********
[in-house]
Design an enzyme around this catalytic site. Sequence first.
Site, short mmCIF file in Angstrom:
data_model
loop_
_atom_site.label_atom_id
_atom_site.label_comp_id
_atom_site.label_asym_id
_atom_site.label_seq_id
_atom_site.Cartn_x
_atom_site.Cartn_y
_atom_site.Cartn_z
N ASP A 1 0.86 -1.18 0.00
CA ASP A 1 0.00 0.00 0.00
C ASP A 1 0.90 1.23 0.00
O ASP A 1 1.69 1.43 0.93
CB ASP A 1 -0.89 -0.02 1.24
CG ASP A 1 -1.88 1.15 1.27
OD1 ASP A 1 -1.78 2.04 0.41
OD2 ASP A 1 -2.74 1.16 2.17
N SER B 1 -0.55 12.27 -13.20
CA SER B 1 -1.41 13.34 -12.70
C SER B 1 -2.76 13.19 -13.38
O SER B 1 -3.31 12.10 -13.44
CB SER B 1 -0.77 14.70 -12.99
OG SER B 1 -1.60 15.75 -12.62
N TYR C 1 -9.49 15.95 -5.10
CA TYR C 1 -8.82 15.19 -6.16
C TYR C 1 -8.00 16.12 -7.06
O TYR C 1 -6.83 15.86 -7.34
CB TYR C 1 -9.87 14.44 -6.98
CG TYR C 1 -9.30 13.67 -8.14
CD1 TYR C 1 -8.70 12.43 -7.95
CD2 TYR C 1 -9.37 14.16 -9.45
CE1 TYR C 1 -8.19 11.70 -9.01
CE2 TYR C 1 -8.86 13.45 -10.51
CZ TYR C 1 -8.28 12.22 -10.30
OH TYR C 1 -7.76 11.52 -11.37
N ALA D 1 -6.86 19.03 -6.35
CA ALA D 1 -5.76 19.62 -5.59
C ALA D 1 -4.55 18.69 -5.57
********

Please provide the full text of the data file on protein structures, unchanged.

[in-house]
Design an enzyme around this catalytic site. Sequence first.
Site, short mmCIF file in Angstrom:
data_model
loop_
_atom_site.label_atom_id
_atom_site.label_comp_id
_atom_site.label_asym_id
_atom_site.label_seq_id
_atom_site.Cartn_x
_atom_site.Cartn_y
_atom_site.Cartn_z
N ASP A 1 0.86 -1.18 0.00
CA ASP A 1 0.00 0.00 0.00
C ASP A 1 0.90 1.23 0.00
O ASP A 1 1.69 1.43 0.93
CB ASP A 1 -0.89 -0.02 1.24
CG ASP A 1 -1.88 1.15 1.27
OD1 ASP A 1 -1.78 2.04 0.41
OD2 ASP A 1 -2.74 1.16 2.17
N SER B 1 -0.55 12.27 -13.20
CA SER B 1 -1.41 13.34 -12.70
C SER B 1 -2.76 13.19 -13.38
O SER B 1 -3.31 12.10 -13.44
CB SER B 1 -0.77 14.70 -12.99
OG SER B 1 -1.60 15.75 -12.62
N TYR C 1 -9.49 15.95 -5.10
CA TYR C 1 -8.82 15.19 -6.16
C TYR C 1 -8.00 16.12 -7.06
O TYR C 1 -6.83 15.86 -7.34
CB TYR C 1 -9.87 14.44 -6.98
CG TYR C 1 -9.30 13.67 -8.14
CD1 TYR C 1 -8.70 12.43 -7.95
CD2 TYR C 1 -9.37 14.16 -9.45
CE1 TYR C 1 -8.19 11.70 -9.01
CE2 TYR C 1 -8.86 13.45 -10.51
CZ TYR C 1 -8.28 12.22 -10.30
OH TYR C 1 -7.76 11.52 -11.37
N ALA D 1 -6.86 19.03 -6.35
CA ALA D 1 -5.76 19.62 -5.59
C ALA D 1 -4.55 18.69 -5.57